M I D - E A S T   R E A L I T I E S
    News, Information, & Analysis That Governments, Interest Groups,
    and the Corporate Media Don't Want You To Know from Independent
                 Middle East Experts Around the World.

MER EXCLUSIVE (originally published 2/10/98):

        T H E   U N I T E D   S T A T E S    V S .   I R A Q

            A    S T U D Y    I N    H Y P O C R I S Y

                            By William Blum*
                Author of - Killing Hope: U.S. Military and
                   CIA Interventions Since World War II

        "Far and away the best book on the topic" - Noam Chomsky
                  "I enjoyed it immensely" - Gore Vidal

     "We have heard that a half million children have died," said
"60 Minutes" reporter Lesley Stahl, speaking of US sanctions
against Iraq.  "I mean, that's more children than died in
Hiroshima.  And -- and you know, is the price worth it?"

     Her guest, in May 1996, U.N. Ambassador Madeleine Albright,
responded: "I think this is a very hard choice, but the price --
we think the price is worth it."

     Today, Secretary of State Albright travels around the world
to gather support for yet more bombing of Iraq.  The price,
apparently, is still worth it.  The price is of course being paid
solely by the Iraqi people -- a million or so men, women and
children, dead from the previous bombings and seven years of
sanctions.  The plight of the living in Iraq, plagued by
malnutrition and a severe shortage of medicines, is as well
terrible to behold.

     Their crime?  They have a leader who refuses to cede all
sovereignty to the United States (acting under its usual United
Nations cover) which demands that every structure in Iraq,
including the presidential palaces, be available for
inspection for "weapons of mass destruction".  After more than
six years of these inspections, and significant destruction of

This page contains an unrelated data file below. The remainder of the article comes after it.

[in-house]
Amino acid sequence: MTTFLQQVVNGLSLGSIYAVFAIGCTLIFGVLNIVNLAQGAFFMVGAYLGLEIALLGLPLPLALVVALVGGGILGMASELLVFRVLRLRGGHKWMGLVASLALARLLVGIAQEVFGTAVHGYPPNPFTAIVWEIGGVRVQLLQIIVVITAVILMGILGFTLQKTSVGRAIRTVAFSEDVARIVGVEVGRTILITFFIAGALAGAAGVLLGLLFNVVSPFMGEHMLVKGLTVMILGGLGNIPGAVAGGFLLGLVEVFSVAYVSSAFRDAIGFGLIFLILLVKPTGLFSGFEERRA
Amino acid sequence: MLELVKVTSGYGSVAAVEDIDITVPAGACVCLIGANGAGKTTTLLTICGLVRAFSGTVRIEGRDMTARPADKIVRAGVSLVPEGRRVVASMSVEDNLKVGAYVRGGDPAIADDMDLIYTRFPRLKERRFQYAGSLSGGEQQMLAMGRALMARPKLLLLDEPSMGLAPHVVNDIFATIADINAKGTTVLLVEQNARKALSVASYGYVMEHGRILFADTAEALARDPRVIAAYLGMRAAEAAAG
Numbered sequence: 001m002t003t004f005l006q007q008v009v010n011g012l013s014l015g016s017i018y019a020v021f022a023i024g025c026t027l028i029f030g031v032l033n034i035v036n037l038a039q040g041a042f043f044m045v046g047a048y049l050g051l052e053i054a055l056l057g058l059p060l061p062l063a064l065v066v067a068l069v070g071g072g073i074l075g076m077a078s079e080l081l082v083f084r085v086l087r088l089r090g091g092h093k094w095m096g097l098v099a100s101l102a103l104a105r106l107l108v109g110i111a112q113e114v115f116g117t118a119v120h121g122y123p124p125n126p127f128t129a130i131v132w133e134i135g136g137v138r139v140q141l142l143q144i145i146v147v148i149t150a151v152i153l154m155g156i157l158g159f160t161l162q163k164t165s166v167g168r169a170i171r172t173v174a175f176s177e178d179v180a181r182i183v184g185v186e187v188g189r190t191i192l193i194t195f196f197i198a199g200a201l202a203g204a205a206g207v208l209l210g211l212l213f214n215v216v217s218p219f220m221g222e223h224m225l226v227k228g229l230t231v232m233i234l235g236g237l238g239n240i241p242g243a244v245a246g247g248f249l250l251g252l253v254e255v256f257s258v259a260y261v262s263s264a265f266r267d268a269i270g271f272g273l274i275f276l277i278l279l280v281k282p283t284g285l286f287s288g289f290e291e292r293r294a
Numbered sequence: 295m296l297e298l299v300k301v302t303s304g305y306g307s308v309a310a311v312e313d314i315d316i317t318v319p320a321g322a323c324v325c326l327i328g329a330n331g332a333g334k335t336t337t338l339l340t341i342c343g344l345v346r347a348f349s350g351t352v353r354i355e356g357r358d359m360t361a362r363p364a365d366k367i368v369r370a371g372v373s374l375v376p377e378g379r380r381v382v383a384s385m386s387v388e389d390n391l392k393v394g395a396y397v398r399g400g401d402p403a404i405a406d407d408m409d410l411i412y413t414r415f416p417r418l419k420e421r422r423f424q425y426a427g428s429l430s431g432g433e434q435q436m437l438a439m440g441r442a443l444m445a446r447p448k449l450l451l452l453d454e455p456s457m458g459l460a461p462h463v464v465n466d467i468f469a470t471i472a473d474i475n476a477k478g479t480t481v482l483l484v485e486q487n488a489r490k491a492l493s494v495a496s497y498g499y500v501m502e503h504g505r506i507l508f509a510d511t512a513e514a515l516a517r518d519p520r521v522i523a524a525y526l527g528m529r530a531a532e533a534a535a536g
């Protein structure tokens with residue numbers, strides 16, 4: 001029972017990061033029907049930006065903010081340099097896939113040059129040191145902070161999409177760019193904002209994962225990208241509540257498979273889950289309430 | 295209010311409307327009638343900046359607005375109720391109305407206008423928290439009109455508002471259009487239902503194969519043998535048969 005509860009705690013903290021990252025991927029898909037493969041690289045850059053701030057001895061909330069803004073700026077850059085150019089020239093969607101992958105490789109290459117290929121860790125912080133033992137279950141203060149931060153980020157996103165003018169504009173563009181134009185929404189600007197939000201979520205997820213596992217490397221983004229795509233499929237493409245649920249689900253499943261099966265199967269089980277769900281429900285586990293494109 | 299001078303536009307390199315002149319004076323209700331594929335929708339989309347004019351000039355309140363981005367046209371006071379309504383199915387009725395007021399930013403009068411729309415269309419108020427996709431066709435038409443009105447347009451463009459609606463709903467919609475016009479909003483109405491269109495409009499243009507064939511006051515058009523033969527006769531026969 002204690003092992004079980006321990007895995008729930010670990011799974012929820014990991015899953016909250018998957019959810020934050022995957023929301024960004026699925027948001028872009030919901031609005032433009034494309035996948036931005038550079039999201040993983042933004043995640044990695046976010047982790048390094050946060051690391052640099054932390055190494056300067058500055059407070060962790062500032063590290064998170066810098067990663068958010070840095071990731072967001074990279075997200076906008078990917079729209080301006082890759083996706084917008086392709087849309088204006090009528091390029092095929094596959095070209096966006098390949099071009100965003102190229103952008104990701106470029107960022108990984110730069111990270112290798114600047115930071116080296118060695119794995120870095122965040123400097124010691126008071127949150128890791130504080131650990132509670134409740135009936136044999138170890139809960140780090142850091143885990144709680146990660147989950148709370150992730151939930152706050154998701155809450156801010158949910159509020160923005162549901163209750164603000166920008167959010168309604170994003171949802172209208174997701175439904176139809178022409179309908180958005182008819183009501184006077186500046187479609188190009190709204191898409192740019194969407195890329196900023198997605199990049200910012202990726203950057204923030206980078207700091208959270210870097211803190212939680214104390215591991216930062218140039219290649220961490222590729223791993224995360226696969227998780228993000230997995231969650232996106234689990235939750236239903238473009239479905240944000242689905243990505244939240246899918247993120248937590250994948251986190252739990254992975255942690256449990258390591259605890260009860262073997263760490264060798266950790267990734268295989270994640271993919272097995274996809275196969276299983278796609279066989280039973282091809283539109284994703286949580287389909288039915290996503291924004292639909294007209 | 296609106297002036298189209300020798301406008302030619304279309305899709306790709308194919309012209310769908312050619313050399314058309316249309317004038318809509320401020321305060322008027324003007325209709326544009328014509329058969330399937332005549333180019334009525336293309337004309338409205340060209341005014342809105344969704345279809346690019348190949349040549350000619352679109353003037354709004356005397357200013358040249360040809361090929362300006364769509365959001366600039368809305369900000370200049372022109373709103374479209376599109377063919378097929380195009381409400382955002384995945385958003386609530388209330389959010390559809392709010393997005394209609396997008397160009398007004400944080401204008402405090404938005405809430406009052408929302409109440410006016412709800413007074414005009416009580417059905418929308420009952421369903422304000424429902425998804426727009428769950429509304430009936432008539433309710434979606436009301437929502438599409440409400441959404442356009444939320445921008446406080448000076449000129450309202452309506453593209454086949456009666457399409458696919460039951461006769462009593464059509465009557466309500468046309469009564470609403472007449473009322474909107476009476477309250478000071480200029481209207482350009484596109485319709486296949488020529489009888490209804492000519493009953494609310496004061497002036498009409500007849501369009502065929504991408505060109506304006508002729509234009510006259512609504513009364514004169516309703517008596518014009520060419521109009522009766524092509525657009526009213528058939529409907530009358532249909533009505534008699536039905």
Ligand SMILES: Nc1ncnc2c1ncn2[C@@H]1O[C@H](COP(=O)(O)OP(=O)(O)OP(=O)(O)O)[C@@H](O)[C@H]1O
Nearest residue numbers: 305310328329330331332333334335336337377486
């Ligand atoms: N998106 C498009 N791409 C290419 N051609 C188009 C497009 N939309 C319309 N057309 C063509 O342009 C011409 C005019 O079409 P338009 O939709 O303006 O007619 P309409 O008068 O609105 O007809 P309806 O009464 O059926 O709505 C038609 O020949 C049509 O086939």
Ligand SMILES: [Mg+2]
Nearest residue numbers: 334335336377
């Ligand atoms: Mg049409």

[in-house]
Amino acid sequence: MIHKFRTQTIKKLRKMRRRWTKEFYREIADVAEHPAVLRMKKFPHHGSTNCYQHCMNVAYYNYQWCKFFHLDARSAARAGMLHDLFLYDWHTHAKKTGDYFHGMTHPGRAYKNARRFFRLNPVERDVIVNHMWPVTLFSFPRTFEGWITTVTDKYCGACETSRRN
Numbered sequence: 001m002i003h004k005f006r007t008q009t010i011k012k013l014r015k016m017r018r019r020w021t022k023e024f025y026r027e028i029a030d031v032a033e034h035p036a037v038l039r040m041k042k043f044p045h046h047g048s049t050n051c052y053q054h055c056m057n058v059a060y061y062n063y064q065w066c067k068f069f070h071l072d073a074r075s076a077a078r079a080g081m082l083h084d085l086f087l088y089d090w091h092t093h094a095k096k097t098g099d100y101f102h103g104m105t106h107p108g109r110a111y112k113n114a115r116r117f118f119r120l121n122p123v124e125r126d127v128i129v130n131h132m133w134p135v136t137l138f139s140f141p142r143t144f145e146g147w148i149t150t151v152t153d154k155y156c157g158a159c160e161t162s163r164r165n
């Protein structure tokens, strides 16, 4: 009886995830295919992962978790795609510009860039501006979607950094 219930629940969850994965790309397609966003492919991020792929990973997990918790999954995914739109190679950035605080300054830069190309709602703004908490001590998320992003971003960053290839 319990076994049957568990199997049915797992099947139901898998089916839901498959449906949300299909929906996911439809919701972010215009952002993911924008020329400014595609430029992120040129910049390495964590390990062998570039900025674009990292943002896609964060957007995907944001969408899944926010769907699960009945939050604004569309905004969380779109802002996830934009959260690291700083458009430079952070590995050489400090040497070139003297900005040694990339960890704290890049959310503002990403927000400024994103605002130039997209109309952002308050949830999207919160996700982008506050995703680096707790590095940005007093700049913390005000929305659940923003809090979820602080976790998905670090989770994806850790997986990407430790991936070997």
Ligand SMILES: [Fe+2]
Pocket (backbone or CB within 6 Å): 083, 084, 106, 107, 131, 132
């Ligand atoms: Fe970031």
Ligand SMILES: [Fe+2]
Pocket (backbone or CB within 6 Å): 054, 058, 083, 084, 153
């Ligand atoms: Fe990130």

stocks of forbidden chemical, biological, and nuclear weapon
material, as well as weapons research and development programs,
the UN team still refuses to certify that Iraq is clean enough.
Inasmuch as the country is larger than California, it's
understandable that the inspectors can not be certain that all
prohibited weapons have been uncovered.  It's equally
understandable that Iraq claims that the United States can, and
will, continue to find some excuse not to give Iraq the
certification needed to end the sanctions.  It can be said that
the United States has inflicted more vindictive punishment and
ostracism upon Iraq than upon Germany or Japan after World War 2.

                    * * * * * * * * * * * * * * * * *
                "In the not too distant future, when Iran
                begins to flex its muscles a bit more, in
                ways not to Washington's pleasure, it may
                then be their turn for some good ol'
                American "diplomacy"."
                    * * * * * * * * * * * * * * * * *

     The Saddam Hussein regime must wonder at the high (double)
standard set by Washington.  Less than a year ago, the U.S.
Senate passed an act to implement the "Convention on the
Prohibition of the Development, Production, Stockpiling and Use
of Chemical Weapons and on Their Destruction" (Short title:
Chemical Weapons Convention), an international treaty which has